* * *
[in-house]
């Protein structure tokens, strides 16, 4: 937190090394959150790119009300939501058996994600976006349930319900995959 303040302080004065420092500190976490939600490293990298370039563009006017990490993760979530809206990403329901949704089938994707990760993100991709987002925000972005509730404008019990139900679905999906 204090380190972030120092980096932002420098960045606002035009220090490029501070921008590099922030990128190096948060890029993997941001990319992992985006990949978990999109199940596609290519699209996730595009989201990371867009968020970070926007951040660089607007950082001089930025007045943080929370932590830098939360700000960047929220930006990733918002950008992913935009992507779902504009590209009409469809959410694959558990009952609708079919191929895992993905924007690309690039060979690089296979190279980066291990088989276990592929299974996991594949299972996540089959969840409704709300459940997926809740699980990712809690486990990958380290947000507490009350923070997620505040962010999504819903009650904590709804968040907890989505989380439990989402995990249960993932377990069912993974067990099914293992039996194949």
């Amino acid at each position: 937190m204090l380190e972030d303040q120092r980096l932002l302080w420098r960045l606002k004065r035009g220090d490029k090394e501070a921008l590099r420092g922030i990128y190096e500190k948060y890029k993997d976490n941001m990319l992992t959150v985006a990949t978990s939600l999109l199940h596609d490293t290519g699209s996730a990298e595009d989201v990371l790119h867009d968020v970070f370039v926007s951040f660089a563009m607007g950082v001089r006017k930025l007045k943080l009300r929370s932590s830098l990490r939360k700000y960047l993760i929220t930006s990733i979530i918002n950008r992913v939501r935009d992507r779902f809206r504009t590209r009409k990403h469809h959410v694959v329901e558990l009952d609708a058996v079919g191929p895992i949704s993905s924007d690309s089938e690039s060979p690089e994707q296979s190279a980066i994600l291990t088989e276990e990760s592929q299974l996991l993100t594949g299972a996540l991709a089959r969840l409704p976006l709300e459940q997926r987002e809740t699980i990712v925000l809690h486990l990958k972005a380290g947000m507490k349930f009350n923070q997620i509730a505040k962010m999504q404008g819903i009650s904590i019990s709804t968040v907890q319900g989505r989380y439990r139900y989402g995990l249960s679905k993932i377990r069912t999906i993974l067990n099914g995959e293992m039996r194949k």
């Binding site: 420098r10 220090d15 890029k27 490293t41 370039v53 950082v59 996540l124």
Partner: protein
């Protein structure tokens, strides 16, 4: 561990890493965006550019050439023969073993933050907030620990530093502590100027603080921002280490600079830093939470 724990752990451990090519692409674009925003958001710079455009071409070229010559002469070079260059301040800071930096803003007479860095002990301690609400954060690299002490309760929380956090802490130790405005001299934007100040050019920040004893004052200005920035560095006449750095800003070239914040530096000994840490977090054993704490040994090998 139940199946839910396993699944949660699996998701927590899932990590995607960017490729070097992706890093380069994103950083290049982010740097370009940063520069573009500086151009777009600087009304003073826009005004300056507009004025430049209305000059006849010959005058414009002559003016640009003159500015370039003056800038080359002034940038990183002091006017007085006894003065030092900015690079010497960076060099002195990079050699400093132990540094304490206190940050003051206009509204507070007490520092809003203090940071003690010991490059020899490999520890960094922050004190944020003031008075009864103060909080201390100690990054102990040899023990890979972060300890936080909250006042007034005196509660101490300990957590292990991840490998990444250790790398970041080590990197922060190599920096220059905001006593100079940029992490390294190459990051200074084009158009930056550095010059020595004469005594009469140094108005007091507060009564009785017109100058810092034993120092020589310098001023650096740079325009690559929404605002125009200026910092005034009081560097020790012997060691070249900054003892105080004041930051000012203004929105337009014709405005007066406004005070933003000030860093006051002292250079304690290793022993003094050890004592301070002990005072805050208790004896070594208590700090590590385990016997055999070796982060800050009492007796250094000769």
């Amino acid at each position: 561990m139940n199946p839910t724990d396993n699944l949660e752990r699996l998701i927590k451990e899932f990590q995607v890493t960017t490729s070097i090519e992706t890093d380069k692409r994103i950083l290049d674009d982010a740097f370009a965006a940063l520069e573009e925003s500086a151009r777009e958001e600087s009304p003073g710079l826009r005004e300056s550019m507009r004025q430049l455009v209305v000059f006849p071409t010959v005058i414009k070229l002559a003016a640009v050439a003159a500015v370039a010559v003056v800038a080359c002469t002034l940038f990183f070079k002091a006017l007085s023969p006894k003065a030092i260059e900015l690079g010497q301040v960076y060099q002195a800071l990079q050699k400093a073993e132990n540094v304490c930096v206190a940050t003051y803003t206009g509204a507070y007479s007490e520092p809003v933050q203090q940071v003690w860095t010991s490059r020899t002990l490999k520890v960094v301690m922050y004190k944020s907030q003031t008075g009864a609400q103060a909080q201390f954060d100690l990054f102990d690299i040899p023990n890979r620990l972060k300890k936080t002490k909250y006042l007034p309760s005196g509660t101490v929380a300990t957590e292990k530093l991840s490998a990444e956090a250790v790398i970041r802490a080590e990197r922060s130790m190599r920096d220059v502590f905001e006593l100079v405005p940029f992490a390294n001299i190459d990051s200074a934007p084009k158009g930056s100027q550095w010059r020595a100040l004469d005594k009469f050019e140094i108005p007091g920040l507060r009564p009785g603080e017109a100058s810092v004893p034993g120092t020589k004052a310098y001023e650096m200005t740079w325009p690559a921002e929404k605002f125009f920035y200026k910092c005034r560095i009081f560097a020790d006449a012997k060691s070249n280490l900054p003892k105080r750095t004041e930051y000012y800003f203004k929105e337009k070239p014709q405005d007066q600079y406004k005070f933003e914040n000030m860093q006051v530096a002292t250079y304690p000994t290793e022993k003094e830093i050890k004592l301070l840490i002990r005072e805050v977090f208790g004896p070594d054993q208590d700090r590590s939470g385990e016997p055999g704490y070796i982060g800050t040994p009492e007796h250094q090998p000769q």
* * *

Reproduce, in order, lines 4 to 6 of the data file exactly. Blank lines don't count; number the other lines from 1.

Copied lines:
């Binding site: 420098r10 220090d15 890029k27 490293t41 370039v53 950082v59 996540l124």
Partner: protein
């Protein structure tokens, strides 16, 4: 561990890493965006550019050439023969073993933050907030620990530093502590100027603080921002280490600079830093939470 724990752990451990090519692409674009925003958001710079455009071409070229010559002469070079260059301040800071930096803003007479860095002990301690609400954060690299002490309760929380956090802490130790405005001299934007100040050019920040004893004052200005920035560095006449750095800003070239914040530096000994840490977090054993704490040994090998 139940199946839910396993699944949660699996998701927590899932990590995607960017490729070097992706890093380069994103950083290049982010740097370009940063520069573009500086151009777009600087009304003073826009005004300056507009004025430049209305000059006849010959005058414009002559003016640009003159500015370039003056800038080359002034940038990183002091006017007085006894003065030092900015690079010497960076060099002195990079050699400093132990540094304490206190940050003051206009509204507070007490520092809003203090940071003690010991490059020899490999520890960094922050004190944020003031008075009864103060909080201390100690990054102990040899023990890979972060300890936080909250006042007034005196509660101490300990957590292990991840490998990444250790790398970041080590990197922060190599920096220059905001006593100079940029992490390294190459990051200074084009158009930056550095010059020595004469005594009469140094108005007091507060009564009785017109100058810092034993120092020589310098001023650096740079325009690559929404605002125009200026910092005034009081560097020790012997060691070249900054003892105080004041930051000012203004929105337009014709405005007066406004005070933003000030860093006051002292250079304690290793022993003094050890004592301070002990005072805050208790004896070594208590700090590590385990016997055999070796982060800050009492007796250094000769």